You’re supposed to love being a mother but don’t talk about your kids all the damn time. You have to be a career woman, but also always be looking out for other people. You have to answer for men’s bad behaviour, which is insane, but if you point that out, you’re accused of complaining.
#WCW: AMERICA FERRERA 💕✨
Empowering women everywhere! The inspiring actor, producer, and director had one of the most talked about scenes and monologues from Greta Gerwig’s blockbuster film #Barbie. 💕@barbiethemovie now streaming on @PrimeVideo.
🎥: @wbpictures… pic.twitter.com/3fiCkROiHv
— Critics Choice Awards (@CriticsChoice) September 20, 2023
The latest person to come under the Internet’s heat and be labelled as a bad mom is Sophie Turner, aka the Queen of the North. After the breakout news of her divorce, people ran to their keyboards to look for dirt on the actress and paint her into this trope. Media outlets mentioned that Turner is currently a major party girl in addition to being a bad mom. Some outlets hurried over and published pictures of Turner having a good time with coworkers at the wrap party of Joan, casting aspersions on the star as she downed shots. You shouldn’t be shocked to find that women and men were collectively turning against Turner, labelling her a neglecting mom and a party girl.
But there was this little circle of people who did something unusual and wonderful. Some people in particular have seen through the criticism and flocked to Turner’s side in her comments on Instagram and other online forums. Many women felt related to this scenario of what it felt like to be criticised. Call it the Barbie movie effect. The statement that Turner is being portrayed as being in the wrong by living a life that periodically separates her from her children really struck a chord with them. The fact that women are so much more than their bad mom-good moms’ title and a lot of women alike sympathised with her against nasty narratives being pushed everywhere on social media.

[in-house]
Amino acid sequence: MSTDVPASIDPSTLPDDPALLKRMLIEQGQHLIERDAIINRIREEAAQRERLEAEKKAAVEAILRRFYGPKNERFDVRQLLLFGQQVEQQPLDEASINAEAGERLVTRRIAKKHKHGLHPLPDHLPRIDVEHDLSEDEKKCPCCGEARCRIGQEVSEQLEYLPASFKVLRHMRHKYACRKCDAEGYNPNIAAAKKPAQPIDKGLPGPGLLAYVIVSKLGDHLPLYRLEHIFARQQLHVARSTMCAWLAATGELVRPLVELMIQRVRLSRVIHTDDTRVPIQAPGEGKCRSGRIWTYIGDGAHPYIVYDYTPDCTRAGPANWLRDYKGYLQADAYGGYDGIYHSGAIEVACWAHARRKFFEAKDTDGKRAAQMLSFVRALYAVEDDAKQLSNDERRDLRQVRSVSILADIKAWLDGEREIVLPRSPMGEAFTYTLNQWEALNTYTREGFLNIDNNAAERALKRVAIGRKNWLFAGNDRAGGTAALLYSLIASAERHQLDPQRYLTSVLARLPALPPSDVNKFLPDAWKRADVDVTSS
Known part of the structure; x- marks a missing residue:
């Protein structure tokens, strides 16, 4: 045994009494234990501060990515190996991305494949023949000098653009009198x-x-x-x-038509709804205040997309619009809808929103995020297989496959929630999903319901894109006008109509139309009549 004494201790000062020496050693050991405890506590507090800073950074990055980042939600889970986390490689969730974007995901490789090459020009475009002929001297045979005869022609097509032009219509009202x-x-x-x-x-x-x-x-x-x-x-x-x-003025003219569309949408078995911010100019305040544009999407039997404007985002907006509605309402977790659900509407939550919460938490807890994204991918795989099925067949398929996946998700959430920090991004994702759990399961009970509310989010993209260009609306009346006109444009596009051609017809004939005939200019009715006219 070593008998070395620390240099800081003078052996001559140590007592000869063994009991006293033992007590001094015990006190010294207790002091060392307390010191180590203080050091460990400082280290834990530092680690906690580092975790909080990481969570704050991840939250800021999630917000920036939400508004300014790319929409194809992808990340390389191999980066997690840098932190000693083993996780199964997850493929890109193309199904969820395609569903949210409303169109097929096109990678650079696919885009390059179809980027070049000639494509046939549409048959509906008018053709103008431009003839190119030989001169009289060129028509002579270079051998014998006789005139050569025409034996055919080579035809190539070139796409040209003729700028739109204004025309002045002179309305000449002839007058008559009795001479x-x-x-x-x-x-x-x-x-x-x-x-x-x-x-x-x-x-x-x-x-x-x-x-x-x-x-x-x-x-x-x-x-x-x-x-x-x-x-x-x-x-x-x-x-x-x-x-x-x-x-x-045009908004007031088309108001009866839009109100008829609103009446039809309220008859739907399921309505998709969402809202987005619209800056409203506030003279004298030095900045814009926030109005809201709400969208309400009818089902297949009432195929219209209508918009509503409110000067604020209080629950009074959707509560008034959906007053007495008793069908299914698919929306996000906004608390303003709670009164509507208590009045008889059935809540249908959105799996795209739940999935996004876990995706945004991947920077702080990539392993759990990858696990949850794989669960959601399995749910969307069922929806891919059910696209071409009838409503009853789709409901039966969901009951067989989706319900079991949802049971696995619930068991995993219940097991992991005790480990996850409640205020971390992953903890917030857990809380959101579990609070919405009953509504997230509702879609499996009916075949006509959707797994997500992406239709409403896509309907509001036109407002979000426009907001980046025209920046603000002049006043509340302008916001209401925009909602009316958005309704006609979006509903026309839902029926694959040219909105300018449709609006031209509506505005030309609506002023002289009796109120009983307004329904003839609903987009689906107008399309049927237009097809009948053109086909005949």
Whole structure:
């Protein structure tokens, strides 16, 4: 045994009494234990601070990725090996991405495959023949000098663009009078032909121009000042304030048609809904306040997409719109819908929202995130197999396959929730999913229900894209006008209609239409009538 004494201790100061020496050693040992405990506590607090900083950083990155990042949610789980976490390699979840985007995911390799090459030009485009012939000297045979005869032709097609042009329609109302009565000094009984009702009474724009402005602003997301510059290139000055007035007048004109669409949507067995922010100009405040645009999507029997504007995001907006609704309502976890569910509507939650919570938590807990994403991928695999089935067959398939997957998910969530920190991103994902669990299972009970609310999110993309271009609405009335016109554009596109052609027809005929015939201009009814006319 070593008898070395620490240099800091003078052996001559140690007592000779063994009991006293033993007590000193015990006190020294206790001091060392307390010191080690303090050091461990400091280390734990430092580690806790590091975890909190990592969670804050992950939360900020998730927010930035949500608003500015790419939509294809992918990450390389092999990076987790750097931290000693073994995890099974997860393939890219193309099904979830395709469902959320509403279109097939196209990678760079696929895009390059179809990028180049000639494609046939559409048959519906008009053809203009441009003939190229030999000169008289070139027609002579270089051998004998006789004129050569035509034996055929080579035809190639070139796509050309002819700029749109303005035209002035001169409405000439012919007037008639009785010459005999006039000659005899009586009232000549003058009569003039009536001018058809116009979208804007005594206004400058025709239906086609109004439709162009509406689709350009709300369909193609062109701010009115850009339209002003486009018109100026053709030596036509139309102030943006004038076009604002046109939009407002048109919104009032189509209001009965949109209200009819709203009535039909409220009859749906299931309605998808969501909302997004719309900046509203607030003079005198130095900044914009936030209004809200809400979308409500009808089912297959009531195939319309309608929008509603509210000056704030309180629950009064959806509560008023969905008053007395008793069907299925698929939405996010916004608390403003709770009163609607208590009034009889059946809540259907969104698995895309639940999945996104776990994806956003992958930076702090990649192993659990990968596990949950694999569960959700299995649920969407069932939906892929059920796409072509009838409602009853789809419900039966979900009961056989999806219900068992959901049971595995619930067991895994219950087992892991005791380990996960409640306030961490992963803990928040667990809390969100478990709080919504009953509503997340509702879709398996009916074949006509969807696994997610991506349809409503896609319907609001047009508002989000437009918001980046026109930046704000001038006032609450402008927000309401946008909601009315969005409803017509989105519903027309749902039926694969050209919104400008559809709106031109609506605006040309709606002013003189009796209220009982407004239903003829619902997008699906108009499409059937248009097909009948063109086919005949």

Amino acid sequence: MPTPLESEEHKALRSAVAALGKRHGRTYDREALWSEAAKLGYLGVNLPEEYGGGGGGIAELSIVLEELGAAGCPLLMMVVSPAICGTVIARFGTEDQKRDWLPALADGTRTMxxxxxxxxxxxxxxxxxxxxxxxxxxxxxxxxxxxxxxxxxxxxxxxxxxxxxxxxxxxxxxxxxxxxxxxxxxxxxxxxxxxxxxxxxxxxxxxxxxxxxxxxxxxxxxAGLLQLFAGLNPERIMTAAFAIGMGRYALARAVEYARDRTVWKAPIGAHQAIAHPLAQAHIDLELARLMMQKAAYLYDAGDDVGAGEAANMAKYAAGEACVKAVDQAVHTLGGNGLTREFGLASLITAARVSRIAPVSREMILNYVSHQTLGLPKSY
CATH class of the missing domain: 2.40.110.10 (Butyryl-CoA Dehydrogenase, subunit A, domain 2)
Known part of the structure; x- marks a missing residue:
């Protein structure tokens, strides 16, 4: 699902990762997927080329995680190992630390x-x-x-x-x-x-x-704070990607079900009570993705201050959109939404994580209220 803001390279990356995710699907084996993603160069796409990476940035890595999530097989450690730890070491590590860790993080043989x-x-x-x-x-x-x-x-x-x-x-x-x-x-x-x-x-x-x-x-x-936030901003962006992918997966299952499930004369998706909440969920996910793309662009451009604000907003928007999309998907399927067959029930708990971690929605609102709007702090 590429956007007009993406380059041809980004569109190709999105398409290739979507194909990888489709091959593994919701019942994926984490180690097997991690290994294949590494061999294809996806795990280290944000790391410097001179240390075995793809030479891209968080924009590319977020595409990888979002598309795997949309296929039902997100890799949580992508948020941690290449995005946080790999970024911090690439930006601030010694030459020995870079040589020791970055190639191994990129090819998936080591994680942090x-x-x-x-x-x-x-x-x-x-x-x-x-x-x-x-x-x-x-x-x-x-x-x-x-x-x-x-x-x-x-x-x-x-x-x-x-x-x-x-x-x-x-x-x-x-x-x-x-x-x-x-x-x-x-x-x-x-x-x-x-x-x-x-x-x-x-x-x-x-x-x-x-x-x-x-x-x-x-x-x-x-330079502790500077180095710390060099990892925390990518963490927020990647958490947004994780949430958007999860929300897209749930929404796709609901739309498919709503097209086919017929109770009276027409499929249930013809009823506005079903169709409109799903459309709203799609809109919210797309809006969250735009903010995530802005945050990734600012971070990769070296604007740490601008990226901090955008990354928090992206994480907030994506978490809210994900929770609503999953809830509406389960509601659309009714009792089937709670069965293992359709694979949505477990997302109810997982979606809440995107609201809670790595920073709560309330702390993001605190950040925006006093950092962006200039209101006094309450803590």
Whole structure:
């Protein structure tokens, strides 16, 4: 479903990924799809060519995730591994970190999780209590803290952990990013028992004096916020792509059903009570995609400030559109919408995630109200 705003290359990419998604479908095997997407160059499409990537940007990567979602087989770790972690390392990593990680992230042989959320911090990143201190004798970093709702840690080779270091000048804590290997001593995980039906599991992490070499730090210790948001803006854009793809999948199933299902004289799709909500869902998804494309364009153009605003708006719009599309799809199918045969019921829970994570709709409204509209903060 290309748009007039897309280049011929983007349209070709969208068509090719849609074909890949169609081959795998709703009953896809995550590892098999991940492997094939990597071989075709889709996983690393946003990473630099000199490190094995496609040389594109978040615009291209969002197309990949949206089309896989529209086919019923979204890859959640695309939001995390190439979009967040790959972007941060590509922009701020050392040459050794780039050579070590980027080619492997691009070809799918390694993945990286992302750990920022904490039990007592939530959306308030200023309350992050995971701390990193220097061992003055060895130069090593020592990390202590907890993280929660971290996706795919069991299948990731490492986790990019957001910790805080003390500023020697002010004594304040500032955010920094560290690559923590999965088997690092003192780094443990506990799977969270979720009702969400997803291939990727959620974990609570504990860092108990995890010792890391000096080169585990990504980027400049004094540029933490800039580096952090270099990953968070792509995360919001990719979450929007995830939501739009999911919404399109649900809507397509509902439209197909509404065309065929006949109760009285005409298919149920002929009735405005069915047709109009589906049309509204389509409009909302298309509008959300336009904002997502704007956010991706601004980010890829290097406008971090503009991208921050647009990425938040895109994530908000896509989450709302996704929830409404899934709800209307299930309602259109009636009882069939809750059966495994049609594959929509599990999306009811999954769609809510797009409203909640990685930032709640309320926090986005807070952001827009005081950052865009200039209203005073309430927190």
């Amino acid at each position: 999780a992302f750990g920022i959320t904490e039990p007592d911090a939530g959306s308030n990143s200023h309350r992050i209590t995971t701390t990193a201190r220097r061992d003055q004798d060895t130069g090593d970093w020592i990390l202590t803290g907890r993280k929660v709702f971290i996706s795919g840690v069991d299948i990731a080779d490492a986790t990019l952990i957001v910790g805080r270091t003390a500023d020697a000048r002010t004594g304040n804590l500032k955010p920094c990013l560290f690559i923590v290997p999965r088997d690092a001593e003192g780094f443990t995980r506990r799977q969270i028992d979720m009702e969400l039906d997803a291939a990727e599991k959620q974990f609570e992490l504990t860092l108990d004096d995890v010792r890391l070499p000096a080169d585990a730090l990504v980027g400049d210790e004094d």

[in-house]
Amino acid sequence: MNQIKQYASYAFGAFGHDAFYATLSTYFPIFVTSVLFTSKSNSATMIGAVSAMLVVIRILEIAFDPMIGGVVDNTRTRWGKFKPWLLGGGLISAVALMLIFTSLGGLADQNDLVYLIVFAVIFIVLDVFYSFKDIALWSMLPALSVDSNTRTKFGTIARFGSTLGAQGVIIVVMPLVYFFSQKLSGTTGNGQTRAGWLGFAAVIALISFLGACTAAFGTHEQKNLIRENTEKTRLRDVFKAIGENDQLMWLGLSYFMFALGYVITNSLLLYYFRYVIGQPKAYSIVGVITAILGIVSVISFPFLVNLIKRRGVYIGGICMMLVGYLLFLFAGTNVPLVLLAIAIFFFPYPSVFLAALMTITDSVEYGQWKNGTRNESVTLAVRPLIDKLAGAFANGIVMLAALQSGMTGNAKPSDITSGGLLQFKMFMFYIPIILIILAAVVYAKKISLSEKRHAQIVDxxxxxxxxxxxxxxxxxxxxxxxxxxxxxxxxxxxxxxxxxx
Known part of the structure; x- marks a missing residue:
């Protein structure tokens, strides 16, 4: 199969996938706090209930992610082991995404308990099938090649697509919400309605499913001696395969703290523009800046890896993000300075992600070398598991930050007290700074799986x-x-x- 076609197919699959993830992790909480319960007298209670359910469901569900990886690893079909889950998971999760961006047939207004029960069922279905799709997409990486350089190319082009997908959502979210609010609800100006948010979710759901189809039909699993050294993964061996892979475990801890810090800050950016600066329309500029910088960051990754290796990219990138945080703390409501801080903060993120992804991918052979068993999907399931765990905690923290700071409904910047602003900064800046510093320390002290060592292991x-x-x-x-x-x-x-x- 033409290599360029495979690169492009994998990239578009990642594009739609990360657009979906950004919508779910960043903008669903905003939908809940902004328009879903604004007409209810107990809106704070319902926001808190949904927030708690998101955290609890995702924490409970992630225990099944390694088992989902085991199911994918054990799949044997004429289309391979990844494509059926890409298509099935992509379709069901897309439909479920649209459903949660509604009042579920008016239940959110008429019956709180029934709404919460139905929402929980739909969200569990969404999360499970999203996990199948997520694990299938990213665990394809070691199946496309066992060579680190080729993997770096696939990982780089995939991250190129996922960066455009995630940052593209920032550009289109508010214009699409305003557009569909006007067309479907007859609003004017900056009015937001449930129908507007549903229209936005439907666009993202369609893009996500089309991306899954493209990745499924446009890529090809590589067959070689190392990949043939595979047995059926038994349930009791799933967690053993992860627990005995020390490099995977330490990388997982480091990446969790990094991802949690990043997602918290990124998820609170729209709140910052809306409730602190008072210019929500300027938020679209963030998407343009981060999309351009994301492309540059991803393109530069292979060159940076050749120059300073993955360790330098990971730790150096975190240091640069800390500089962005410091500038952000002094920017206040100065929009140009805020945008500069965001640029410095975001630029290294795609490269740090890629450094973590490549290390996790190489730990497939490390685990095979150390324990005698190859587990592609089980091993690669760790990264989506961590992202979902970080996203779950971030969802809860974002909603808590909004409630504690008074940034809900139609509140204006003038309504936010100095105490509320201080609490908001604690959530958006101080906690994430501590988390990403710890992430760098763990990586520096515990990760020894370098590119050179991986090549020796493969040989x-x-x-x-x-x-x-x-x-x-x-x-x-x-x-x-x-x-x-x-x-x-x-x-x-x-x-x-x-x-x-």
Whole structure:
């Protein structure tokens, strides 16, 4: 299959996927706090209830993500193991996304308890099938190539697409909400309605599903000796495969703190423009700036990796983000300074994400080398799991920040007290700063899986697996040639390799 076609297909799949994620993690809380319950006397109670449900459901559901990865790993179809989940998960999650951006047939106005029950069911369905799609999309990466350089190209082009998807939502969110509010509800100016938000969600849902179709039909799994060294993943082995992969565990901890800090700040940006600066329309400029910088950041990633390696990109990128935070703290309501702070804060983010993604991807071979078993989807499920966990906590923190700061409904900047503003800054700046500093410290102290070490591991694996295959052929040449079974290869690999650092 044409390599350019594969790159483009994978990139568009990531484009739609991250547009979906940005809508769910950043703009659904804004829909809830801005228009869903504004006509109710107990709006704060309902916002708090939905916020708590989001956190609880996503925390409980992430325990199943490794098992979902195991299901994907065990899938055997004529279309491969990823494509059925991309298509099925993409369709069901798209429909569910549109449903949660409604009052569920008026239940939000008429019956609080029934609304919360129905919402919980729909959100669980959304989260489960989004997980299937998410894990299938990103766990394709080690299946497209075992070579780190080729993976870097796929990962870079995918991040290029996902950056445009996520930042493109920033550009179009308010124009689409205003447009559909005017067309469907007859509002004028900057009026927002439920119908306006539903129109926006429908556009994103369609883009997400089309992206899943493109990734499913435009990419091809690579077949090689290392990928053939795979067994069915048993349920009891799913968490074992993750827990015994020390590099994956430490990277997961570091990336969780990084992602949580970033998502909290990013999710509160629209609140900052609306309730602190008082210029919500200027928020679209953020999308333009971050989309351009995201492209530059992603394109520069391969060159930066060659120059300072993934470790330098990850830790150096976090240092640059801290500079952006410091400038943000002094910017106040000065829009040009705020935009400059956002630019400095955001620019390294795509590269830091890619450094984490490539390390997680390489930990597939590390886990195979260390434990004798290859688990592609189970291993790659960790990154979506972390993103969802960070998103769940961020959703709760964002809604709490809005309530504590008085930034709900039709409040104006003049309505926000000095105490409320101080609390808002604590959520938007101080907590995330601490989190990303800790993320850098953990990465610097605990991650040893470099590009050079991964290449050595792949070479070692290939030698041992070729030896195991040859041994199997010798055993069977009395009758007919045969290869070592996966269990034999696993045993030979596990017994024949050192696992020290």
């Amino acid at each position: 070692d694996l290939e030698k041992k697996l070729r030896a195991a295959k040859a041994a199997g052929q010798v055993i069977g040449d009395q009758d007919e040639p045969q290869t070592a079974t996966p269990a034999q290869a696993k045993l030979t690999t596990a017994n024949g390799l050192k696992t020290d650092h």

Incoming Bare Minimum From The Dads
I read this famous quote on the internet saying, ‘If a dad takes his kids to McDonald’s, he’s a cool dad. If a mom does, she’s a lazy mom.’ In many families, most of the moms, even the working ones, are seen with the major responsibility for child care, while the dads are getting pats on their backs for helping as much as he is able (sounds like a tough job).
Barbie was correct
Sophie Turner takes one small part for the first time in four year and Joe Jonas has to WATCH his OWN children!!!!! Say it ain’t so, he has to watch his own kids?? What’s the world coming too? pic.twitter.com/1eL2hvbuax
— shelly 🇺🇸 (@LFreenor) September 3, 2023
Even if she works and earns an equal, lower, or greater income than the father, it is expected that the mother will take on the task of assisting the child with schoolwork or preparing all of their meals and feeding them on time. In our Indian society, these things are joke material for fathers at their tea time who complain about their wives and kids when they themselves are barely invested in their kids’ schooling or life choices. How often has it been a joke when a man is unaware of what class his child is in? And yet, we don’t see people rushing to call him a bad dad.